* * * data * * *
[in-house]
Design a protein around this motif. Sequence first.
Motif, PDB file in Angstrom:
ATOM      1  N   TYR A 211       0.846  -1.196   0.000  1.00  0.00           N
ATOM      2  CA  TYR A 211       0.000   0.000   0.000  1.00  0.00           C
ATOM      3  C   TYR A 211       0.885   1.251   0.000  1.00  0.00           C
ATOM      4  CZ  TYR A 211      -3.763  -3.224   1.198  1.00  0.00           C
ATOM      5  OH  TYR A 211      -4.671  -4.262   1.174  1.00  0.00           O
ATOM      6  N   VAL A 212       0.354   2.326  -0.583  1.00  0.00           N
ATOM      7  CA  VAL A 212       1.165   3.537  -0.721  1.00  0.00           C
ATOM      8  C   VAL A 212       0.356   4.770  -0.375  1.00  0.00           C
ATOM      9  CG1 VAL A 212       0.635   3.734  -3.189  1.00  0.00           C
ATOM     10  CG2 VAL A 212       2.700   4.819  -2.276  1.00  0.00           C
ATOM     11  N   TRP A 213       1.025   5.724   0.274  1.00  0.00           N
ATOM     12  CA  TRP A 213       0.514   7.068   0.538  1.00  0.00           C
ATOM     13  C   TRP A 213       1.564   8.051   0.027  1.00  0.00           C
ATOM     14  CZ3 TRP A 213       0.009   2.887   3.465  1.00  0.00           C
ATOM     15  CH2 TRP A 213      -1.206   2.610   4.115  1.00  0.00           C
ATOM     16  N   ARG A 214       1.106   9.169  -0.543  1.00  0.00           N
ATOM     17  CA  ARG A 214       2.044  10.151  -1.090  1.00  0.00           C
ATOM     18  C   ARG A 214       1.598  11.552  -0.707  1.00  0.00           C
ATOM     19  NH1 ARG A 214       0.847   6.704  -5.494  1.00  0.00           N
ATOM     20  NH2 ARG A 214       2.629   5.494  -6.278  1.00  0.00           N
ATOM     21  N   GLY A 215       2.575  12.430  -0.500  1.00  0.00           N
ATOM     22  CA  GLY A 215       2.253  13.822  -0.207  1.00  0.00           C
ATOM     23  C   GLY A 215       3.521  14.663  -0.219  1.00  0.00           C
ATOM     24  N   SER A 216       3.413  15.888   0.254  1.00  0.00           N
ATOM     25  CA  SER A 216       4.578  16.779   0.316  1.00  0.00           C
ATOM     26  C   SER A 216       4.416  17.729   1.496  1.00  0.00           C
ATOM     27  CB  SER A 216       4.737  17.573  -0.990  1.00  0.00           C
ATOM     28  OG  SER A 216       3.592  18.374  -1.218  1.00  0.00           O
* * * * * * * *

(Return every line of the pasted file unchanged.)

[in-house]
Design a protein around this motif. Sequence first.
Motif, PDB file in Angstrom:
ATOM      1  N   TYR A 211       0.846  -1.196   0.000  1.00  0.00           N
ATOM      2  CA  TYR A 211       0.000   0.000   0.000  1.00  0.00           C
ATOM      3  C   TYR A 211       0.885   1.251   0.000  1.00  0.00           C
ATOM      4  CZ  TYR A 211      -3.763  -3.224   1.198  1.00  0.00           C
ATOM      5  OH  TYR A 211      -4.671  -4.262   1.174  1.00  0.00           O
ATOM      6  N   VAL A 212       0.354   2.326  -0.583  1.00  0.00           N
ATOM      7  CA  VAL A 212       1.165   3.537  -0.721  1.00  0.00           C
ATOM      8  C   VAL A 212       0.356   4.770  -0.375  1.00  0.00           C
ATOM      9  CG1 VAL A 212       0.635   3.734  -3.189  1.00  0.00           C
ATOM     10  CG2 VAL A 212       2.700   4.819  -2.276  1.00  0.00           C
ATOM     11  N   TRP A 213       1.025   5.724   0.274  1.00  0.00           N
ATOM     12  CA  TRP A 213       0.514   7.068   0.538  1.00  0.00           C
ATOM     13  C   TRP A 213       1.564   8.051   0.027  1.00  0.00           C
ATOM     14  CZ3 TRP A 213       0.009   2.887   3.465  1.00  0.00           C
ATOM     15  CH2 TRP A 213      -1.206   2.610   4.115  1.00  0.00           C
ATOM     16  N   ARG A 214       1.106   9.169  -0.543  1.00  0.00           N
ATOM     17  CA  ARG A 214       2.044  10.151  -1.090  1.00  0.00           C
ATOM     18  C   ARG A 214       1.598  11.552  -0.707  1.00  0.00           C
ATOM     19  NH1 ARG A 214       0.847   6.704  -5.494  1.00  0.00           N
ATOM     20  NH2 ARG A 214       2.629   5.494  -6.278  1.00  0.00           N
ATOM     21  N   GLY A 215       2.575  12.430  -0.500  1.00  0.00           N
ATOM     22  CA  GLY A 215       2.253  13.822  -0.207  1.00  0.00           C
ATOM     23  C   GLY A 215       3.521  14.663  -0.219  1.00  0.00           C
ATOM     24  N   SER A 216       3.413  15.888   0.254  1.00  0.00           N
ATOM     25  CA  SER A 216       4.578  16.779   0.316  1.00  0.00           C
ATOM     26  C   SER A 216       4.416  17.729   1.496  1.00  0.00           C
ATOM     27  CB  SER A 216       4.737  17.573  -0.990  1.00  0.00           C
ATOM     28  OG  SER A 216       3.592  18.374  -1.218  1.00  0.00           O